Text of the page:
The onward march of innovation
Nokia used to make rubber boots. Admittedly, that was a century ago and, back then, a rubber works in Finland was probably as cutting edge as anything used to produce the latest phone.
The company has grown to the global giant it is today through innovation, a refusal to stand still, which is what keeps every company fresh, competitive and different.
‘Businesses survive on change,’ says Felix Velarde, the founder of eCRM specialist Underwired. ‘To grow value you have to innovate and every so often have a bit of a shake up.’
Now is a great time for mavericks and loose cannons to prosper as new markets, such as those created through disruptive technology, are uncorrelated to the performance of the public markets.
Both Skype and Betfair were founded at the nadir of the IT recession. It’s a fact not lost on US venture capital firms as they increasingly wake up to Europe’s talent and set up new offices – mostly in Geneva.
Simon Cook, the English CEO of VC firm DFJ Esprit, observes that the iPhone was heralded as last year’s symbol of Silicon Valley’s originality and brilliance, but the bulk of the technology that made it work, such as the Bluetooth chips, audio facility, screen, and even the processors, came from Europe.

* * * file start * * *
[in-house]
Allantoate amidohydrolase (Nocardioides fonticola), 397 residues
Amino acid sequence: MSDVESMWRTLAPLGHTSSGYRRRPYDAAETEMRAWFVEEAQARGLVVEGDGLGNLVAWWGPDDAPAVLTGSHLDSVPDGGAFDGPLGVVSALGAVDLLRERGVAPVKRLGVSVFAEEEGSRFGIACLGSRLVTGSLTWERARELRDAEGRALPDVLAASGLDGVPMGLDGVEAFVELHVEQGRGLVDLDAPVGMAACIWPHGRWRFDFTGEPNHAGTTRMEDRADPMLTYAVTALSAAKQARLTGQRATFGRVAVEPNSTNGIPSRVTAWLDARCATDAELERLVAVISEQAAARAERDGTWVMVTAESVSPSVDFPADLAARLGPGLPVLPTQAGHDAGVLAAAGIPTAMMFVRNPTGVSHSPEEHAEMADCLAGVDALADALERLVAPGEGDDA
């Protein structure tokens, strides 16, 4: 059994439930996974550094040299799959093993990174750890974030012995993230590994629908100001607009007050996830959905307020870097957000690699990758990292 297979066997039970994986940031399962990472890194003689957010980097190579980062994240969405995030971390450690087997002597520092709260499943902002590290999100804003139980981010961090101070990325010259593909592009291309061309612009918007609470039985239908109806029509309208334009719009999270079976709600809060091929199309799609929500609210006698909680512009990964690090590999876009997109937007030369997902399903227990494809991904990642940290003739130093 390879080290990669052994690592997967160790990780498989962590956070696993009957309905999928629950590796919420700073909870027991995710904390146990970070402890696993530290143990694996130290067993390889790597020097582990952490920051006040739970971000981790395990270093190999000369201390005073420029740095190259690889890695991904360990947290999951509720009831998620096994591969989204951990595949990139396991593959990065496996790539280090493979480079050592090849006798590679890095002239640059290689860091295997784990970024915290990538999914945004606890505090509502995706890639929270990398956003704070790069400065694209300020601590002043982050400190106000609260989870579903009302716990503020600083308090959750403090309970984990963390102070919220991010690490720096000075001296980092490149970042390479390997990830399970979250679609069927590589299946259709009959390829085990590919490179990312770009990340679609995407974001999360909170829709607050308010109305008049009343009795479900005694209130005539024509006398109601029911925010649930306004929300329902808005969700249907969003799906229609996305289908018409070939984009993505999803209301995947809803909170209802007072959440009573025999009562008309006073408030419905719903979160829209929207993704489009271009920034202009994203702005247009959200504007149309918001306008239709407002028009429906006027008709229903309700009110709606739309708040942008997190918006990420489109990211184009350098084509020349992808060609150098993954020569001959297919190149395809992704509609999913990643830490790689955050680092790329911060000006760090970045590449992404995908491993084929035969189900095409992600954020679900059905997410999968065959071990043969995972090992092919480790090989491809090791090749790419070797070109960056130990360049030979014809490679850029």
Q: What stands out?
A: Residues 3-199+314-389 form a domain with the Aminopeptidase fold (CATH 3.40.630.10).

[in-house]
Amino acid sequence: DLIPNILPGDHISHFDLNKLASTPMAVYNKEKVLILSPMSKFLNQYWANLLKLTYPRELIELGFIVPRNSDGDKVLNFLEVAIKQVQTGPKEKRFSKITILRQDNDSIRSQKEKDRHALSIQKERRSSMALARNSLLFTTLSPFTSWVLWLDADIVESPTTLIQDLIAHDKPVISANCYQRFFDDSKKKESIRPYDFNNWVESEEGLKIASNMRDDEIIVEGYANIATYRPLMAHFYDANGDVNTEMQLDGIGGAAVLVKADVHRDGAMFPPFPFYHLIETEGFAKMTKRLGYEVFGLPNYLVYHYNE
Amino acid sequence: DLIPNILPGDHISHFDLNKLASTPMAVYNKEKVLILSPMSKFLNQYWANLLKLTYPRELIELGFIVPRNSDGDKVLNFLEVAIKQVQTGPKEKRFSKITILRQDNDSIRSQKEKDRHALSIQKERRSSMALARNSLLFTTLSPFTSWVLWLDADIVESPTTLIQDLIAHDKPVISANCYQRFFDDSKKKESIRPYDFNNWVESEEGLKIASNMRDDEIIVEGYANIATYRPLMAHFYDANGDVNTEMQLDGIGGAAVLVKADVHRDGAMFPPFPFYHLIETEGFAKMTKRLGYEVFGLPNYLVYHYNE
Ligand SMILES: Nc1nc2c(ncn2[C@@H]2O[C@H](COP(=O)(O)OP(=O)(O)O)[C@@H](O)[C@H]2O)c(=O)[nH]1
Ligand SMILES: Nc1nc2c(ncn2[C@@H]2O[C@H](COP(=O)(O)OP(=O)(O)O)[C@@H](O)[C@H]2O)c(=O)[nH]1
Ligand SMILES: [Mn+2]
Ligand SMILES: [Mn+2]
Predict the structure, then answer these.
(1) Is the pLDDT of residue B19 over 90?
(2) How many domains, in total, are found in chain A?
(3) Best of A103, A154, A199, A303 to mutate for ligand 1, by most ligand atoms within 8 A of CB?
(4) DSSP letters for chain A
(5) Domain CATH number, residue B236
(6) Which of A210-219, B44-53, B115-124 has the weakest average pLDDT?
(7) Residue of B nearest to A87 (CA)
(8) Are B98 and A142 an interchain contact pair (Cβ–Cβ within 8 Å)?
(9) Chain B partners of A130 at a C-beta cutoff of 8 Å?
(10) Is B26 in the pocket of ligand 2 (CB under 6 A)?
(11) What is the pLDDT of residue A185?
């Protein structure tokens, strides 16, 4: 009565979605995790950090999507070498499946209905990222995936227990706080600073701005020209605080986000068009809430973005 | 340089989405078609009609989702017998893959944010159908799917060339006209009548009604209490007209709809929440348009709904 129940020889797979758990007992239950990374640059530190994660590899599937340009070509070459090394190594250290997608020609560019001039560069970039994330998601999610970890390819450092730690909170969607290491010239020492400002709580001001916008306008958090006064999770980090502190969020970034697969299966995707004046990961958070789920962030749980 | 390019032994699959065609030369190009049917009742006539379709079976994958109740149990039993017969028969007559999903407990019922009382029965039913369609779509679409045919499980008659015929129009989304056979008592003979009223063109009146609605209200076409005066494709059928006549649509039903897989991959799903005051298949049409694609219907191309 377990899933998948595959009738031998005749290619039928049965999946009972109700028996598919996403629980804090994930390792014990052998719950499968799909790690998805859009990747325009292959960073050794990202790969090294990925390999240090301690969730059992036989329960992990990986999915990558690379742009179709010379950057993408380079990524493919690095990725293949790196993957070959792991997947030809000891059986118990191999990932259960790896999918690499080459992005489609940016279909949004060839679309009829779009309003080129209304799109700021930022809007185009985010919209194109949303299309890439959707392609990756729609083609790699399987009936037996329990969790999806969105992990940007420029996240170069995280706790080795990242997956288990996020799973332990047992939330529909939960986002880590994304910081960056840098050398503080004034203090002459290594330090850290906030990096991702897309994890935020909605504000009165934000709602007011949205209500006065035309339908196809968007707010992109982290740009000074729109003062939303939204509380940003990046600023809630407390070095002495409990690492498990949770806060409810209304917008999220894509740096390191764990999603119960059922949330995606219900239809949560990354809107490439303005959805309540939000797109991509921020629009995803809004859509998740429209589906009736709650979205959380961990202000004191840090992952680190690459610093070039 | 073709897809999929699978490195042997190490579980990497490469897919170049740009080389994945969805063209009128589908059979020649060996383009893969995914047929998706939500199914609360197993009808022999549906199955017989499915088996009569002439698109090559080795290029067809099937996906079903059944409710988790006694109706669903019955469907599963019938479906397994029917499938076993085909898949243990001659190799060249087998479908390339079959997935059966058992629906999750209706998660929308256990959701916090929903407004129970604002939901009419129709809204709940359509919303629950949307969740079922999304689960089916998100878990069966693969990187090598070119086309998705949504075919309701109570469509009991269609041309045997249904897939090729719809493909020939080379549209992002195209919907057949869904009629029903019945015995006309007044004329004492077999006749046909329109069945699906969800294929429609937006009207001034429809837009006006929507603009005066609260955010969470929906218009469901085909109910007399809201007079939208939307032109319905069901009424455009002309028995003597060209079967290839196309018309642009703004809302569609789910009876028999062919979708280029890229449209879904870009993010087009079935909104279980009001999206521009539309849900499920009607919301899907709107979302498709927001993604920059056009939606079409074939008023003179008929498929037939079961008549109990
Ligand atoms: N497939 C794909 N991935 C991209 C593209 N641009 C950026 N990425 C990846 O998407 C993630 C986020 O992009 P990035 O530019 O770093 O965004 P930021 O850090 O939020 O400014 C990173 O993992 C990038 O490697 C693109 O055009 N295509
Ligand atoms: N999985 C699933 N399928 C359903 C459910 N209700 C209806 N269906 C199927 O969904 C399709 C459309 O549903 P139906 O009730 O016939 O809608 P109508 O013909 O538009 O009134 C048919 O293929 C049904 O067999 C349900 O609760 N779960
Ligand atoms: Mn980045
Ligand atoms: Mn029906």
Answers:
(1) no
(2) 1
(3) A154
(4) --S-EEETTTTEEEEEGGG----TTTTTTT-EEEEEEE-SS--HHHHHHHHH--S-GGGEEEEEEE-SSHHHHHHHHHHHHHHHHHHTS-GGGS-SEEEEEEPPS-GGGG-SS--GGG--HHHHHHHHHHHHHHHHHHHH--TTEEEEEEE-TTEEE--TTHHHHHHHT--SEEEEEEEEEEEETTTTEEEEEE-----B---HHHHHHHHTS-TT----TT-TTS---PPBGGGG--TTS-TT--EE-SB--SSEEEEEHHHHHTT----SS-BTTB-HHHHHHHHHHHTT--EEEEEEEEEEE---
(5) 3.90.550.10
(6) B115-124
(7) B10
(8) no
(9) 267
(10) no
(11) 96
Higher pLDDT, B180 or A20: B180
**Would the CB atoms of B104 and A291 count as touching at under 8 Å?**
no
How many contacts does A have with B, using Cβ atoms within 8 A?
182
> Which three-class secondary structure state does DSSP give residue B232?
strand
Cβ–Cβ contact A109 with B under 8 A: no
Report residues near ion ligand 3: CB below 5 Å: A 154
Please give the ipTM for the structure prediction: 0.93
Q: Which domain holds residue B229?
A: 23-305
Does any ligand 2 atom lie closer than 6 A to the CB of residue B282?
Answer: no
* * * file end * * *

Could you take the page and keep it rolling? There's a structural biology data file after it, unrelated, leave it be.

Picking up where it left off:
Contrary to the doom and gloom in the business pages of the press, there is plenty of excitement among the great and the good in our Power Top 50. These individuals, who have millions to invest in smart entrepreneurs, are eulogising about cleantech, biotech, the internet and consumer electronics. Nearly all of them want a business to be scaled globally. Thinking in terms of national boundaries won’t tick their boxes.
If your business is bold enough to match their expectations, the money is there to be invested – lots of it.